Tools for ConsultingI have now been working as an independent consultant for over 5 years. These are the tools I use to run my business and work with clients. I’m a one-person business, so I need tools that let me manage the business side of things efficiently. This list is constantly evolving, and I have a list of solutions I need as well.

Collaboration and Communication

  • Zoom: Zoom is my preferred platform for video conferencing. I have used all the other major tools (WebEx, GoToMeeting, Adobe Connect, Google Hangouts, Skype, etc.), but Zoom works with the fewest technical challenges. It also includes the option for calling in on a phone rather than just VOIP, so you can get better quality audio. For $150/year, I can host unlimited high quality group video calls with up to 50 people.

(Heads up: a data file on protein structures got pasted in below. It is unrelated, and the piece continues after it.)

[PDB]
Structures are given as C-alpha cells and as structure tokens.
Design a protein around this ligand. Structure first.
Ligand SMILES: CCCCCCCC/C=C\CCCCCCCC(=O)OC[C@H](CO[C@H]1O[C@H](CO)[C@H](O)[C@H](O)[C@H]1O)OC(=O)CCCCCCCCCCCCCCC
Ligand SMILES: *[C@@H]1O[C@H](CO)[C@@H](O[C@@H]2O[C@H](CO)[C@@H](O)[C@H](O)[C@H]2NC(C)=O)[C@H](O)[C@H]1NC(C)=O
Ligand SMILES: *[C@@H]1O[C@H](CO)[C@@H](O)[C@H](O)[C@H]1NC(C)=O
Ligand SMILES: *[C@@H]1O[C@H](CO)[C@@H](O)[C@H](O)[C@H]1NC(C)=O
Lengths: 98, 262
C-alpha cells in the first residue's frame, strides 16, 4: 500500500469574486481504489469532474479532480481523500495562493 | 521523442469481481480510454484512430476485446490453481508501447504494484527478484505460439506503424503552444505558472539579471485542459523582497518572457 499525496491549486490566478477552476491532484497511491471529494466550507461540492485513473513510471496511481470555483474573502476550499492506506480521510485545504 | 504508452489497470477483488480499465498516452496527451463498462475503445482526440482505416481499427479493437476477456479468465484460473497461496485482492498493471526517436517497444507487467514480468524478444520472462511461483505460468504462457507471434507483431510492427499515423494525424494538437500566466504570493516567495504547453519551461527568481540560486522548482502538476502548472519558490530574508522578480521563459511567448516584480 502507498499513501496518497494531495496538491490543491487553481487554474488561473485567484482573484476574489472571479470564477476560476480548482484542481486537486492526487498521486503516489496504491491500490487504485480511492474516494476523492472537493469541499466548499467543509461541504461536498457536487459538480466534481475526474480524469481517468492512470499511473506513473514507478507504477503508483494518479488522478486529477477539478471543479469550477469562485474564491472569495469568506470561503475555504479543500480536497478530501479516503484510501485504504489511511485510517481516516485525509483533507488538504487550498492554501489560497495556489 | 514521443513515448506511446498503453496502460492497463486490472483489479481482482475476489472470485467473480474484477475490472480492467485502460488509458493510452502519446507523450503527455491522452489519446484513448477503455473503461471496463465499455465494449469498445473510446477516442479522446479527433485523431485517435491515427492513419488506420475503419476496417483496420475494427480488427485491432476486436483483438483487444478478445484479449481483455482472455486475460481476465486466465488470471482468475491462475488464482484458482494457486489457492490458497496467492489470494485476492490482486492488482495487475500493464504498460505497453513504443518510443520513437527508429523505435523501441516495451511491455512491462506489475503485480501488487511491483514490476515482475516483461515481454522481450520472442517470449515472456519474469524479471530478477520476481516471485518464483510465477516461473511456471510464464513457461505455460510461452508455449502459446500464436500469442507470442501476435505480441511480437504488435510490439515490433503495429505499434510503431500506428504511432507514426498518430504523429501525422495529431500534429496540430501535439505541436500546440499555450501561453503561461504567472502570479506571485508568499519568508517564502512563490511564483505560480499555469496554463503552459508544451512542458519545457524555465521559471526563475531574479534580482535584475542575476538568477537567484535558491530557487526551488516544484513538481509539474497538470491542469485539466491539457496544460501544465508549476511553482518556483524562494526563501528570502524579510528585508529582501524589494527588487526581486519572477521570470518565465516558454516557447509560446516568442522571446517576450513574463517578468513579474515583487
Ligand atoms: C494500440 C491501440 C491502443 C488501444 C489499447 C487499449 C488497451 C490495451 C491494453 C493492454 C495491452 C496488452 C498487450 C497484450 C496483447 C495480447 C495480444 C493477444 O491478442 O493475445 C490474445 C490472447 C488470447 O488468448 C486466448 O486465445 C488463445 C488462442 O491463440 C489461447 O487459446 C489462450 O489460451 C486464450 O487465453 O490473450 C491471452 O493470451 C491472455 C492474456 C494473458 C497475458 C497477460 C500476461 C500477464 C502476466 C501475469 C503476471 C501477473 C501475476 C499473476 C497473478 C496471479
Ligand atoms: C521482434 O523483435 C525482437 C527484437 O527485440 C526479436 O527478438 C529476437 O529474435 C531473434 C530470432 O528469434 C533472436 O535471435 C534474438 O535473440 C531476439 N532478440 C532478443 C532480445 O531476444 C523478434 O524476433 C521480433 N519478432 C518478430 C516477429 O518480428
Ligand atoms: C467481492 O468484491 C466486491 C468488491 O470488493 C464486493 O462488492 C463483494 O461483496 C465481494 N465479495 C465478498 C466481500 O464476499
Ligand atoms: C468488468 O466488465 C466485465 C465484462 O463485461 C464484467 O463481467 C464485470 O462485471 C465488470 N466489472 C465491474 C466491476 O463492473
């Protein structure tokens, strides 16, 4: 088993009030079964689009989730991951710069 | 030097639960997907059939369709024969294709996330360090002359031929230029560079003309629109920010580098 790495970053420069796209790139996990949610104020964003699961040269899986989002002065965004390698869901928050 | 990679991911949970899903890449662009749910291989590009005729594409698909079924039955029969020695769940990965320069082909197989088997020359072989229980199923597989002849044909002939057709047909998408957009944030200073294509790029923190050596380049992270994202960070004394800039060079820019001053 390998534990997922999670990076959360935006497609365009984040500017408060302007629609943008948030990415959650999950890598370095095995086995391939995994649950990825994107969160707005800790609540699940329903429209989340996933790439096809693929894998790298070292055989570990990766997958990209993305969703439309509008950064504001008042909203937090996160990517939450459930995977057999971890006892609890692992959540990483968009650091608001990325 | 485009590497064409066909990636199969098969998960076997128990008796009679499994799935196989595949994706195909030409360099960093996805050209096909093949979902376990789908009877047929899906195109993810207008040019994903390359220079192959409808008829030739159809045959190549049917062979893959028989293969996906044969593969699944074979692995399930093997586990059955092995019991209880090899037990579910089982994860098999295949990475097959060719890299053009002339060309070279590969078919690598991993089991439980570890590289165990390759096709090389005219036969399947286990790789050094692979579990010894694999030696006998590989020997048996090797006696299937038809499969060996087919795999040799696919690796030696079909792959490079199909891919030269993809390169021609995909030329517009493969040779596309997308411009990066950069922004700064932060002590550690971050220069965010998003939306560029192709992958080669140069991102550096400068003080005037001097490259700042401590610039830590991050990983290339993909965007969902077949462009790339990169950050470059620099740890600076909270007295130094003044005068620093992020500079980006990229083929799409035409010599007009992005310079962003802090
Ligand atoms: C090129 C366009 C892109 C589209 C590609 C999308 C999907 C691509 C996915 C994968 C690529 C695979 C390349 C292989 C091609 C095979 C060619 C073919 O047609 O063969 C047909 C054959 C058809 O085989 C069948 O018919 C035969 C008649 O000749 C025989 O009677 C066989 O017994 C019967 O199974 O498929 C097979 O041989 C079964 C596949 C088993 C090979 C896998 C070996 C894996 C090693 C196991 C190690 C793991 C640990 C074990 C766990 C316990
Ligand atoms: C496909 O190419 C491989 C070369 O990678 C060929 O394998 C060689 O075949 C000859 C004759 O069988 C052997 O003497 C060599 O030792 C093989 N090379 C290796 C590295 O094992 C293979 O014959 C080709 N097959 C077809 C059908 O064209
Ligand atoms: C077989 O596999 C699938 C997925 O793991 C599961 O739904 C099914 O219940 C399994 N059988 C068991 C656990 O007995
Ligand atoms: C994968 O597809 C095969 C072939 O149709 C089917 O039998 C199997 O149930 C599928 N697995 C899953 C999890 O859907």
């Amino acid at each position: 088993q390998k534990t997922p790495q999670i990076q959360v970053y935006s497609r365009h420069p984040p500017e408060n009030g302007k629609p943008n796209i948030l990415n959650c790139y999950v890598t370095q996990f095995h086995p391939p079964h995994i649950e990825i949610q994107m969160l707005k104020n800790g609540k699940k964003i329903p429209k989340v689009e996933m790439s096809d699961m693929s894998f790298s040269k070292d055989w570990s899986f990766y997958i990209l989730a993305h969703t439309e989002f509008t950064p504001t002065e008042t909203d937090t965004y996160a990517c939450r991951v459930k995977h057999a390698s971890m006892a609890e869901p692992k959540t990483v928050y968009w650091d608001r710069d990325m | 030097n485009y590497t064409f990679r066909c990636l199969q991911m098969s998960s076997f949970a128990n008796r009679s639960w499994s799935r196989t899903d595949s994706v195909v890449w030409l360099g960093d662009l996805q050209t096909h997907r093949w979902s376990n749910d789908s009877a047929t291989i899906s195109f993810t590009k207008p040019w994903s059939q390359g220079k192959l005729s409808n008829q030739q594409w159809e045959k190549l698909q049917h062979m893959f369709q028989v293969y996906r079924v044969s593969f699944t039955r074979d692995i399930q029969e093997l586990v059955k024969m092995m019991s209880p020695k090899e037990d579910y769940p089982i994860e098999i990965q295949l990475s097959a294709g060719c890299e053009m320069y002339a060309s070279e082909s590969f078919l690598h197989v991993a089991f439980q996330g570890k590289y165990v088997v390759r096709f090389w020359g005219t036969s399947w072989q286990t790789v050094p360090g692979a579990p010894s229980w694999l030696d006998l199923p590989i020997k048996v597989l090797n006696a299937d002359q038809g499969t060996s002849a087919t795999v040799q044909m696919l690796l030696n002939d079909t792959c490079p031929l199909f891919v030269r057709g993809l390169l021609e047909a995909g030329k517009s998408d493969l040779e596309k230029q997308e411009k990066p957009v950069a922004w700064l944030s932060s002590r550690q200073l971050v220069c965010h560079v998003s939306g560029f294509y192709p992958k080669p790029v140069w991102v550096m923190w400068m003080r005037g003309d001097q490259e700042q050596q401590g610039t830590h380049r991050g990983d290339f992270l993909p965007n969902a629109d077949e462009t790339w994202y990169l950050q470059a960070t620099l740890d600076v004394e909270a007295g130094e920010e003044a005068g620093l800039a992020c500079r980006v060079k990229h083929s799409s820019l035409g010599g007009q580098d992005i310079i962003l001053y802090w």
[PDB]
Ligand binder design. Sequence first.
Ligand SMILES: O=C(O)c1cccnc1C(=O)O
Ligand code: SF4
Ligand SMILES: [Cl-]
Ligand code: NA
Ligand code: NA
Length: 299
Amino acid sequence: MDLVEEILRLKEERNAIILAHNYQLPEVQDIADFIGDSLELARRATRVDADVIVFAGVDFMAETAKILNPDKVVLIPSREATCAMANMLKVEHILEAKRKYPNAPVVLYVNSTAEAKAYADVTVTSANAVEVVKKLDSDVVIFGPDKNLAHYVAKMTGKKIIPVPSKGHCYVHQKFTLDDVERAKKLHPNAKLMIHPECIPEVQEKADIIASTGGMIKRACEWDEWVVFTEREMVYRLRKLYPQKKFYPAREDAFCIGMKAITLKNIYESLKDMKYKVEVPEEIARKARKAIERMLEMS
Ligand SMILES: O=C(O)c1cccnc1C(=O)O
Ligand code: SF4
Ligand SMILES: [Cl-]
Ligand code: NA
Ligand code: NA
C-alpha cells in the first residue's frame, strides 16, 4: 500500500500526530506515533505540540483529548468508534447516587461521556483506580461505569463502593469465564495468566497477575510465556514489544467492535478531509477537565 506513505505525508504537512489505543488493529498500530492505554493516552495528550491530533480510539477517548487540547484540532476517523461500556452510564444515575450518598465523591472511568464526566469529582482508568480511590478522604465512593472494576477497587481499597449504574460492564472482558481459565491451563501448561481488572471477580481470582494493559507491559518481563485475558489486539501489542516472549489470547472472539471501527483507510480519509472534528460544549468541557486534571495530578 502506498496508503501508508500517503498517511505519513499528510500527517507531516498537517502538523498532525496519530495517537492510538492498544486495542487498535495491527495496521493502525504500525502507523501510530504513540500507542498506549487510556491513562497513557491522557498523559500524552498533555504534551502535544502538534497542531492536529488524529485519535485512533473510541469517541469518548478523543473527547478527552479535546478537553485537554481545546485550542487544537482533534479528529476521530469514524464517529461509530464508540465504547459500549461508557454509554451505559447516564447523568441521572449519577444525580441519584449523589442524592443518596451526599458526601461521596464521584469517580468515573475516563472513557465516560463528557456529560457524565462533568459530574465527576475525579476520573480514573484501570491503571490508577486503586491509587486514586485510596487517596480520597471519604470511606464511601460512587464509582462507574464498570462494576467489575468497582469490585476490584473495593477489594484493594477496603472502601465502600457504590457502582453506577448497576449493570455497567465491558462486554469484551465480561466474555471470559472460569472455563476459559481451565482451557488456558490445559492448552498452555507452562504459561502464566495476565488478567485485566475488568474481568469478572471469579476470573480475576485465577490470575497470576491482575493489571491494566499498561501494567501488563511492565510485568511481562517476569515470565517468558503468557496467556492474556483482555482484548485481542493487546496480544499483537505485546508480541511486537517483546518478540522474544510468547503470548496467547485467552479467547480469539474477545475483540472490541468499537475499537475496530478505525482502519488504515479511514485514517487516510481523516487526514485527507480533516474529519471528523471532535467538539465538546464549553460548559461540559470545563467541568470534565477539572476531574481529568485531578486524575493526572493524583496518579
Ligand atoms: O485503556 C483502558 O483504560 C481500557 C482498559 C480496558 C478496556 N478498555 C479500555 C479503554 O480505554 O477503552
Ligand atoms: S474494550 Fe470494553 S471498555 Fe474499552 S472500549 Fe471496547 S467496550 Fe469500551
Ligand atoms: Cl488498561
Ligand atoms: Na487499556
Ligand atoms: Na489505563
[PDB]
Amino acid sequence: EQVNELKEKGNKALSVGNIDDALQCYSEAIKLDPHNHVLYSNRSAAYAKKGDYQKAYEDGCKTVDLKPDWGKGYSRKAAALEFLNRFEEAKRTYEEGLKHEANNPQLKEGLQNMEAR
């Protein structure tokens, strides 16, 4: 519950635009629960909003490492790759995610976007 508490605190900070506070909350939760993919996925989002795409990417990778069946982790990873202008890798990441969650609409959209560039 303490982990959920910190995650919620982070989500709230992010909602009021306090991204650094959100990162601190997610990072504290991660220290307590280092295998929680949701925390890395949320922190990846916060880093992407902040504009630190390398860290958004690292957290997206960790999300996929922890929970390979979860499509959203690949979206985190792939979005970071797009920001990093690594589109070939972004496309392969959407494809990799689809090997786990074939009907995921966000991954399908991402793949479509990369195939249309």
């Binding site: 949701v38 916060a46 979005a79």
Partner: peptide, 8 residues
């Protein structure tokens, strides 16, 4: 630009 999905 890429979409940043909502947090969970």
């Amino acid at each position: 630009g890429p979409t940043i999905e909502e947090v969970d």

• Google Voice: I use Google Voice for my business phone number. This is a free service I can forward to my mobile and landline phones. I schedule my Google Voice number to go directly to voicemail outside of business hours .
  • Dropbox and Google Drive: I use both Dropbox and Google Drive to share files with clients, depending on the clients’ preference.

Stock Images

  • Storyblocks: Storyblocks (formerly Graphic Stock) is the source for many images for my blog posts and presentations. I use it sometimes for courses, depending on the content. It’s $149/year for unlimited downloads. I love it for backgrounds and basic images where I don’t have terribly specific needs.
  • Can Stock Photo: When I need more specific images for courses (e.g., a non-white male teacher talking to a female elementary student), I mostly use Can Stock Photo. Credits are fairly reasonably priced, and subscriptions are also an option.

Other Tools

  • Google Sheets: I use Google Spreadsheets to track my time, collect review feedback, and do light project management.
  • Remember The Milk: I manage my daily to-do list with Remember The Milk.